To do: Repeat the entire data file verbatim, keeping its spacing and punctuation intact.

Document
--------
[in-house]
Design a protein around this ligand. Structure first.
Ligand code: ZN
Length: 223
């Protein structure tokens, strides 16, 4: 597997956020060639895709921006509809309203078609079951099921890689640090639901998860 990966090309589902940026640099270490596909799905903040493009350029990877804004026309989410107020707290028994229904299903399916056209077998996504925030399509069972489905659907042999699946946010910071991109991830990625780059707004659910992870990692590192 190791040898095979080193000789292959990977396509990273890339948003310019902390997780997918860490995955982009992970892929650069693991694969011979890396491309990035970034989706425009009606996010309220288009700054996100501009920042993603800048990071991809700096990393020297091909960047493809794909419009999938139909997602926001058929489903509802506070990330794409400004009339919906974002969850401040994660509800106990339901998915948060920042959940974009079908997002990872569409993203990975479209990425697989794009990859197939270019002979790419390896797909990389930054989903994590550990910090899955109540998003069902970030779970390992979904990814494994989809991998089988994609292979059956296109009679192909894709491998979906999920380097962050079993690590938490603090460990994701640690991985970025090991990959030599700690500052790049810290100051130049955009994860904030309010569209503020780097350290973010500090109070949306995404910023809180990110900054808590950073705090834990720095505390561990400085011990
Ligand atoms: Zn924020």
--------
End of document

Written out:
[in-house]
Design a protein around this ligand. Structure first.
Ligand code: ZN
Length: 223
């Protein structure tokens, strides 16, 4: 597997956020060639895709921006509809309203078609079951099921890689640090639901998860 990966090309589902940026640099270490596909799905903040493009350029990877804004026309989410107020707290028994229904299903399916056209077998996504925030399509069972489905659907042999699946946010910071991109991830990625780059707004659910992870990692590192 190791040898095979080193000789292959990977396509990273890339948003310019902390997780997918860490995955982009992970892929650069693991694969011979890396491309990035970034989706425009009606996010309220288009700054996100501009920042993603800048990071991809700096990393020297091909960047493809794909419009999938139909997602926001058929489903509802506070990330794409400004009339919906974002969850401040994660509800106990339901998915948060920042959940974009079908997002990872569409993203990975479209990425697989794009990859197939270019002979790419390896797909990389930054989903994590550990910090899955109540998003069902970030779970390992979904990814494994989809991998089988994609292979059956296109009679192909894709491998979906999920380097962050079993690590938490603090460990994701640690991985970025090991990959030599700690500052790049810290100051130049955009994860904030309010569209503020780097350290973010500090109070949306995404910023809180990110900054808590950073705090834990720095505390561990400085011990
Ligand atoms: Zn924020």